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How and Why Wales Must Learn to Live with the Virus

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Written By: 

Ian Price

Director

CBI Wales

 

Confidence is at the heart of every successful economy. Confidence among businesses to grow, invest and create new jobs. Confidence among staff to go to work every day; innovate and deliver. And confidence among customers to spend money on goods and services.

For the past 18 months, the mood across the Welsh economy has been anything but confident. Stop-start restrictions have taken their toll across numerous sectors. And while tentative steps towards recovery are now underway, it will take time to fully restore that fragile confidence. It is crucial that we find a way to live with the virus which enables us to go about our daily lives in comfort.

Let’s be clear, this doesn’t mean throwing caution to the wind. Far from it. Too many people have lost their lives and livelihoods for that to happen. But nor does it mean returning to social and economic hibernation. What we need is balance.

We may never be totally free of COVID-19. The unpredictability of variants could see it hang around like a very unwanted house guest. But while it may never be fully eradicated, it can be properly managed, and risks to the most vulnerable very effectively minimised.

So how do we live safely with the virus?

The vaccine rollout is a world-beating success. The extraordinary efforts of the public and private sectors working in partnership to develop and deliver an effective vaccine across the UK has put us in a position where COVID can, finally, be pushed into the background.

Promoting vaccine uptake, particularly among staff, is a no-brainer for business. The greater the level of public immunisation, the more secure workplaces will be – in turn giving greater confidence to customers and staff alike.

But there’s also a role for enterprise in helping us bank and leverage the platform vaccines provide. The public and private sectors must work together to ensure the successes of the vaccine programme are replicated when it comes to boosters and developing effective treatments.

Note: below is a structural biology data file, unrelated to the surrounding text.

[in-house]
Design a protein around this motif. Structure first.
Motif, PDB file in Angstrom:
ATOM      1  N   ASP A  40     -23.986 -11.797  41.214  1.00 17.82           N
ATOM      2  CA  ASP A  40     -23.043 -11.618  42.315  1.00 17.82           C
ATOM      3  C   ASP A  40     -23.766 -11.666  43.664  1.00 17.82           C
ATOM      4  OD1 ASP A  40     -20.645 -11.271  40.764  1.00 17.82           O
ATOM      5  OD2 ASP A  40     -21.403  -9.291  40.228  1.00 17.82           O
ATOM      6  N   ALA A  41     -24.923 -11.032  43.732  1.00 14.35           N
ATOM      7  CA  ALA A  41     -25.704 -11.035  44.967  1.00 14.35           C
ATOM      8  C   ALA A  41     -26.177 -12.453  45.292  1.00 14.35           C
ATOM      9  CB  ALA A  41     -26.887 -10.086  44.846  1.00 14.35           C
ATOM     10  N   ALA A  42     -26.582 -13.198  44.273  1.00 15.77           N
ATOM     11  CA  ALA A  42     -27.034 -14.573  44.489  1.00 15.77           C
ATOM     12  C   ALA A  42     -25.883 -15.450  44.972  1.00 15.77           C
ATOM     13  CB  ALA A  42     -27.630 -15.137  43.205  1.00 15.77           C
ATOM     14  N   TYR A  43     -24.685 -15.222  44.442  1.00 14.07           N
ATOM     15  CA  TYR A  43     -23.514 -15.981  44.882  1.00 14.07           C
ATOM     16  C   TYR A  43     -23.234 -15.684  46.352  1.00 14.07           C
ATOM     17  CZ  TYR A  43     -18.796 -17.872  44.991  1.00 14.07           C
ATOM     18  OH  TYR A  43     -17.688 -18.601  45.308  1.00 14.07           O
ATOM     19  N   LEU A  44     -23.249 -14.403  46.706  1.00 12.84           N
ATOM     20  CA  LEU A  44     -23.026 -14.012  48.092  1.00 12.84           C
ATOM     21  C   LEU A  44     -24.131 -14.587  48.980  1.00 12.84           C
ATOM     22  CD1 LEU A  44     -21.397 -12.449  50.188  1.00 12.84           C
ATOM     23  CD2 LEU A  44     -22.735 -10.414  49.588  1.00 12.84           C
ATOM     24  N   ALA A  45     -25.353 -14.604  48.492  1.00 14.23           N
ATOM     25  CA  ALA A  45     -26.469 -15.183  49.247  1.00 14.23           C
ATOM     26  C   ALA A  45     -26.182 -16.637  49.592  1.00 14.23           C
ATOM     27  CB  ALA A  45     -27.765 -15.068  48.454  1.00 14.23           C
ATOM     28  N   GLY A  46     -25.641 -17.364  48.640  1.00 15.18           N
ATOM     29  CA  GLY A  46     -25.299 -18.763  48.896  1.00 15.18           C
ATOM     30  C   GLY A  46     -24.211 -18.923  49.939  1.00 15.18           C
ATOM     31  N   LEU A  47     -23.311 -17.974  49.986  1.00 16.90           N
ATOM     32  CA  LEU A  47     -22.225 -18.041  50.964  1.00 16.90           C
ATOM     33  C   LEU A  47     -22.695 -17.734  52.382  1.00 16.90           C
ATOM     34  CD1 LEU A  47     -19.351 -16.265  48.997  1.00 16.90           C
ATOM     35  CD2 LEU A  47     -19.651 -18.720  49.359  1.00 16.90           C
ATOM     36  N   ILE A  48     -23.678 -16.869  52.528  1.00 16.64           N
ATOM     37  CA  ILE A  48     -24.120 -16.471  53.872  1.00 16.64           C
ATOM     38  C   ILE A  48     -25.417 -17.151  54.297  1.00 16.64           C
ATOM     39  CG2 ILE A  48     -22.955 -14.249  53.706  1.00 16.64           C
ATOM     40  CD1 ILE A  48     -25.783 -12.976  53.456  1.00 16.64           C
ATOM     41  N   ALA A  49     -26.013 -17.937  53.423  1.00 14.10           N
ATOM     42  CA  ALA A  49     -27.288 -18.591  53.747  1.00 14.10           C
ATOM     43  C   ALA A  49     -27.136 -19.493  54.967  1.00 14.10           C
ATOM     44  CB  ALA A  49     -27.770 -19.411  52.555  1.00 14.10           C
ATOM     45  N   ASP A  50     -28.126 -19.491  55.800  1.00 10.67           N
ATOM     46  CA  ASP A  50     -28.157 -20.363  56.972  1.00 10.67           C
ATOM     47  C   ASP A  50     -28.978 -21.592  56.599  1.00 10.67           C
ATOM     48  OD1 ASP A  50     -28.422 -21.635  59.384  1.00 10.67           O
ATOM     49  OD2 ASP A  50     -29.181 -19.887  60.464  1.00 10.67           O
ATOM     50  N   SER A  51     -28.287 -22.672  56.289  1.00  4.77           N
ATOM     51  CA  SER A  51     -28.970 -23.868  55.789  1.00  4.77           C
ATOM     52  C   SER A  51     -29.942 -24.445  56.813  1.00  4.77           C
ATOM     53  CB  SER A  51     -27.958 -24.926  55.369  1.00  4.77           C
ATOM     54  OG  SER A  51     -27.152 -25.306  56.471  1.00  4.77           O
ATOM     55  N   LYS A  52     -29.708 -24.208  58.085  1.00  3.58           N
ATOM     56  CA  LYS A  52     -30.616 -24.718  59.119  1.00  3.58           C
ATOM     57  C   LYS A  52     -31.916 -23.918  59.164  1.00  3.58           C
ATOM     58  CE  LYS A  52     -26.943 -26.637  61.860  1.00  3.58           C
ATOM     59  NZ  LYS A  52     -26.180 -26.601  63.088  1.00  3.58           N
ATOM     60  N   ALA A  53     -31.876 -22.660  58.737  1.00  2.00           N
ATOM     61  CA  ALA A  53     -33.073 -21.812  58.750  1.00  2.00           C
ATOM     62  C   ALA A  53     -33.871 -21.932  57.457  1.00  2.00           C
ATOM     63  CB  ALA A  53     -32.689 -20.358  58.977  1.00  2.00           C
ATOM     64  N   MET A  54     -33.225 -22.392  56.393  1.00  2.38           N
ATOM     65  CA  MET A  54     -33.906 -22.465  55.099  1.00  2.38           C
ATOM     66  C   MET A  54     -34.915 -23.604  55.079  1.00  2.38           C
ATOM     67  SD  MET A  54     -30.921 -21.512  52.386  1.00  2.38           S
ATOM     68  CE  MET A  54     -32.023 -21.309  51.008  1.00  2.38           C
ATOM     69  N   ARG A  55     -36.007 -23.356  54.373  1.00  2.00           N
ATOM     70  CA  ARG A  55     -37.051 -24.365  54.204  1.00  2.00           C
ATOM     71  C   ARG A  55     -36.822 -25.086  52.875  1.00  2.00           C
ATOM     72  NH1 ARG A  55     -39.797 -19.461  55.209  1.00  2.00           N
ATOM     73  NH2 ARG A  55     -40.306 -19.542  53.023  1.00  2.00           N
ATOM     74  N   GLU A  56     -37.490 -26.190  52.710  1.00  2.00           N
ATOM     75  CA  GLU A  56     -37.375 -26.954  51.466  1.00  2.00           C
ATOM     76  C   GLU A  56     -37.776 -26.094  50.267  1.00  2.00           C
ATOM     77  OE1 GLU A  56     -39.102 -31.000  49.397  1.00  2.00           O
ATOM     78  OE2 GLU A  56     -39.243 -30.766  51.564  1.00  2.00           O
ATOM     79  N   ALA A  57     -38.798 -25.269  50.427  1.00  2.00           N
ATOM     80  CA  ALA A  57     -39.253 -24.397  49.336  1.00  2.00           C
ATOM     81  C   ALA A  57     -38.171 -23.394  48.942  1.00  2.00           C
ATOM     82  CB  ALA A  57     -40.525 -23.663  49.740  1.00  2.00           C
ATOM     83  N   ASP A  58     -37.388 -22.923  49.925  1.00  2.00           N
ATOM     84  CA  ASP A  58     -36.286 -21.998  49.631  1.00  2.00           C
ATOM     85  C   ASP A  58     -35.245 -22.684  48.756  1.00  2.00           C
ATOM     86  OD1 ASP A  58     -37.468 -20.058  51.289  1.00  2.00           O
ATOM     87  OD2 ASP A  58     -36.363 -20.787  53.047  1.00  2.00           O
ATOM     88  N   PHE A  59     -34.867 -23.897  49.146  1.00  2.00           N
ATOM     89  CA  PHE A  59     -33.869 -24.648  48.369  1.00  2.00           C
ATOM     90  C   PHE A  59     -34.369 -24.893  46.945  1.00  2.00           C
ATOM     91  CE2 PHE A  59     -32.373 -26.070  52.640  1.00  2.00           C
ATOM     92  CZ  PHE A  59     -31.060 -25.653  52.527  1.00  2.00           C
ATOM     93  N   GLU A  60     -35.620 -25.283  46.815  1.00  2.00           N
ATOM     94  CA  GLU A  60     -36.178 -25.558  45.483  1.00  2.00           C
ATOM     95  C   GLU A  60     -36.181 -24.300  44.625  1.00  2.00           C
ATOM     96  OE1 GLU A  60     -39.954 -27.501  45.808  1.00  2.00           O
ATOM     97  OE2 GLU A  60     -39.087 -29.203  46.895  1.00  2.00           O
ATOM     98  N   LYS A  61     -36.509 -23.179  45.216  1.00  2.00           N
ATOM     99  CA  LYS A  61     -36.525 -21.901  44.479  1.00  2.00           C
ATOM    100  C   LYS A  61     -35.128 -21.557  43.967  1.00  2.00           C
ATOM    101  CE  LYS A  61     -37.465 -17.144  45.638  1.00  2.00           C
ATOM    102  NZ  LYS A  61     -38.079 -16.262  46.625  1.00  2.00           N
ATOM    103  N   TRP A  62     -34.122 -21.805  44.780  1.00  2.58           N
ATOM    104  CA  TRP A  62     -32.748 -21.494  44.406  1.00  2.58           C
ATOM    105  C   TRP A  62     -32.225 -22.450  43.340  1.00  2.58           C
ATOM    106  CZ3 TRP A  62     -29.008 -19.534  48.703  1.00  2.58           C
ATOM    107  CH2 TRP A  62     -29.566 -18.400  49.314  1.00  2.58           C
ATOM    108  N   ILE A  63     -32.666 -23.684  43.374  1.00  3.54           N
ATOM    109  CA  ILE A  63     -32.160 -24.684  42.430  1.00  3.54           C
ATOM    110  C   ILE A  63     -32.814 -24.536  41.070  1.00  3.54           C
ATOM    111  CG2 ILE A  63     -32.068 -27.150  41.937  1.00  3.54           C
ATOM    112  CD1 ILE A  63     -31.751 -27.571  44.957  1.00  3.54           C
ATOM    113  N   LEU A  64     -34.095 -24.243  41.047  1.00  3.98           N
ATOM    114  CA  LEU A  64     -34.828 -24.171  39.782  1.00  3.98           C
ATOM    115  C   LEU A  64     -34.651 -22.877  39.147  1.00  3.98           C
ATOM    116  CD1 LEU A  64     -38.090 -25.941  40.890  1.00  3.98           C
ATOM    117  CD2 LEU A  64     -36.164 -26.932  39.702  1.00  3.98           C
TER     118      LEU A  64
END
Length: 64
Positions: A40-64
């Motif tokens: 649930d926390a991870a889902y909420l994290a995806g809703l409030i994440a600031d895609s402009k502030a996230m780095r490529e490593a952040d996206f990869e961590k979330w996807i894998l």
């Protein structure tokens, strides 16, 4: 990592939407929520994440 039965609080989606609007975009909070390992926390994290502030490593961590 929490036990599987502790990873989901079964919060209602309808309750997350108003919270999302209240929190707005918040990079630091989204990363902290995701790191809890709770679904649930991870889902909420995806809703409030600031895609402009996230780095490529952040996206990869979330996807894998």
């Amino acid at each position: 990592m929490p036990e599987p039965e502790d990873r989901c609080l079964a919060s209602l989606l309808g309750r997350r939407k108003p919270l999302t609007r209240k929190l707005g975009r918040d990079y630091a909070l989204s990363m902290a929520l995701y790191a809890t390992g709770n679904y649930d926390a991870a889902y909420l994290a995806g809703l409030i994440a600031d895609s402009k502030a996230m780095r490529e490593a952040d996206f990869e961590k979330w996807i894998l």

The long-awaited shift of the Test, Track and Protect system to something more focused on ‘warn and inform’ is a hugely important step as we reopen the Welsh economy. While testing has always been vitally important, the number of double-vaccinated people being ‘pinged’ as a contact of someone with coronavirus has been out of proportion with the scale of transmission, depriving businesses of healthy staff just when they needed them most.

There are also a range of COVID-secure tools at our disposal to help build confidence. Face masks can continue to inspire confidence in certain close-contact spaces, including public transport and retail settings. That should reassure many. Other interventions, like mandatory COVID status certificates must be considered carefully and involve clear partnership with business and other stakeholders to ensure they’re implemented effectively.

For areas like international travel, we have to employ a clear, risk-based approach. The UK cannot afford to be first on vaccines but last in reopening international trade. Prolonging the economic impact of COVID simply keeps vital jobs at risk.

Confidence can be a fragile thing, but we know that its relationship to growth is a strong one. Better confidence leads to greater spending, investment and output – enabling Welsh businesses at last to trade their way to recovery. To paraphrase Field of Dreams: “If you build confidence, growth will come.”